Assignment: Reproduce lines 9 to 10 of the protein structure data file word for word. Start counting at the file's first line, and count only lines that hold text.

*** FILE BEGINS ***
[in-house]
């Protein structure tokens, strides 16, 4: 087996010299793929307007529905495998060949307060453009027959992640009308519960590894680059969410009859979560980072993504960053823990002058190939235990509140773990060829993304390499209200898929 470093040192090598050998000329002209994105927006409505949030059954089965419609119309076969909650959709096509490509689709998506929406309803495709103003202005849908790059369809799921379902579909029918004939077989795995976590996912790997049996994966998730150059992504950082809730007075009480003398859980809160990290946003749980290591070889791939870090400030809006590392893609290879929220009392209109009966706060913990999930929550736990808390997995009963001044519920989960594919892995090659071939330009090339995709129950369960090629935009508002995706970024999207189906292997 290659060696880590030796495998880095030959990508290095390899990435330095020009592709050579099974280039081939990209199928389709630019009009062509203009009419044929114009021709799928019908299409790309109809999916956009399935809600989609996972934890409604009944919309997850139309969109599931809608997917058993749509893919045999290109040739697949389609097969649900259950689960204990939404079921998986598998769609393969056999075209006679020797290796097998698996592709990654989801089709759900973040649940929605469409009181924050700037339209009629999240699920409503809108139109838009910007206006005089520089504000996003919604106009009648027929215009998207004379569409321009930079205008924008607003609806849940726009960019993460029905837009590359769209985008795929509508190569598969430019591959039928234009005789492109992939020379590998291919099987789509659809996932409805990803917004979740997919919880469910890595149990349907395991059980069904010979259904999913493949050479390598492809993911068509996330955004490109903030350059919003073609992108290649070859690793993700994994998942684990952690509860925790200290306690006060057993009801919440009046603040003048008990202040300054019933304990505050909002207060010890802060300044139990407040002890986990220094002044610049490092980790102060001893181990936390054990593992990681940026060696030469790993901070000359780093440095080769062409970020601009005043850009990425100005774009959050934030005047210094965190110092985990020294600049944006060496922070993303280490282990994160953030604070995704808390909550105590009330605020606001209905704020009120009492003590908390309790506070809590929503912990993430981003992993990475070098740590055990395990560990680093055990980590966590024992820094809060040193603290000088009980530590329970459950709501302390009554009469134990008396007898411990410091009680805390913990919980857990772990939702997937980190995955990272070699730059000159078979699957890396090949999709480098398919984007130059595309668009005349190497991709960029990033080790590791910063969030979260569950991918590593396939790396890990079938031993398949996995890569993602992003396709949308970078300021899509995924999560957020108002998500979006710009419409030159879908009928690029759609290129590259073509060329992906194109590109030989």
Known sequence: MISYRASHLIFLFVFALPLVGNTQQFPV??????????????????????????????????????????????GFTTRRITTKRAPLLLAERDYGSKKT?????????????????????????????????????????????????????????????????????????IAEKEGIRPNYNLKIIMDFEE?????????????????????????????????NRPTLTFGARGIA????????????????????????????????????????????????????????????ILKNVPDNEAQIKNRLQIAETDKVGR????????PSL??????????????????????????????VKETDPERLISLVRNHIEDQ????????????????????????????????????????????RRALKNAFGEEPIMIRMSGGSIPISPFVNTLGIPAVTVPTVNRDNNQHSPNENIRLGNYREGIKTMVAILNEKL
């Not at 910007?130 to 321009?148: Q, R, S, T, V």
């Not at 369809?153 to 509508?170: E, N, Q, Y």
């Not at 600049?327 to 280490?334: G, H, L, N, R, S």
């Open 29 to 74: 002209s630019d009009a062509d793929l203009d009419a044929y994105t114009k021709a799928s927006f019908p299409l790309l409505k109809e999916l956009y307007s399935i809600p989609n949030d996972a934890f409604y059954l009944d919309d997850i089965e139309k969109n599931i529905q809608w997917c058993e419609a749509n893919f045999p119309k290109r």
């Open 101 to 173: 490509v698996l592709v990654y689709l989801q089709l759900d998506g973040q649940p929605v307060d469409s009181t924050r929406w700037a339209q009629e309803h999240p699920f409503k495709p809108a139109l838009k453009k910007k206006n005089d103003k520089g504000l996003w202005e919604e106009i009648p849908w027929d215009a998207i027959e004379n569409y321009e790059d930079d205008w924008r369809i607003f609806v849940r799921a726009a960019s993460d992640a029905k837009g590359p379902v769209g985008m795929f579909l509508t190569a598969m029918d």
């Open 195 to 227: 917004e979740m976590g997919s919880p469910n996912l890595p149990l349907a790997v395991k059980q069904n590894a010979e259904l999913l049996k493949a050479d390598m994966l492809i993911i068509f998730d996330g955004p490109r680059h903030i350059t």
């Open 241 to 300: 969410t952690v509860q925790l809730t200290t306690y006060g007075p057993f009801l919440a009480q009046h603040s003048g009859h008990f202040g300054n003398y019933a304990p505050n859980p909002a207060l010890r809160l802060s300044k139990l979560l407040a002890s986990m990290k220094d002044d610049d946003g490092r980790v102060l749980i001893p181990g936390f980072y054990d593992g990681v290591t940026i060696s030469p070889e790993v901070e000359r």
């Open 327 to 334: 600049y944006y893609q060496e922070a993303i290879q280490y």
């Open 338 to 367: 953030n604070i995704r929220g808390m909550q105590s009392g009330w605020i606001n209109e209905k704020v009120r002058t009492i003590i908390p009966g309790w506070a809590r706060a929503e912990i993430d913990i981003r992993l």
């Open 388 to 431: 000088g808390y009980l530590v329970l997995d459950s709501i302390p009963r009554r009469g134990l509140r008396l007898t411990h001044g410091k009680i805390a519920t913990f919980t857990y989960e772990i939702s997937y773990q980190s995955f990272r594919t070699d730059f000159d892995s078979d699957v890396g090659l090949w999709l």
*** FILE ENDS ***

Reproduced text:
């Open 195 to 227: 917004e979740m976590g997919s919880p469910n996912l890595p149990l349907a790997v395991k059980q069904n590894a010979e259904l999913l049996k493949a050479d390598m994966l492809i993911i068509f998730d996330g955004p490109r680059h903030i350059t």
């Open 241 to 300: 969410t952690v509860q925790l809730t200290t306690y006060g007075p057993f009801l919440a009480q009046h603040s003048g009859h008990f202040g300054n003398y019933a304990p505050n859980p909002a207060l010890r809160l802060s300044k139990l979560l407040a002890s986990m990290k220094d002044d610049d946003g490092r980790v102060l749980i001893p181990g936390f980072y054990d593992g990681v290591t940026i060696s030469p070889e790993v901070e000359r």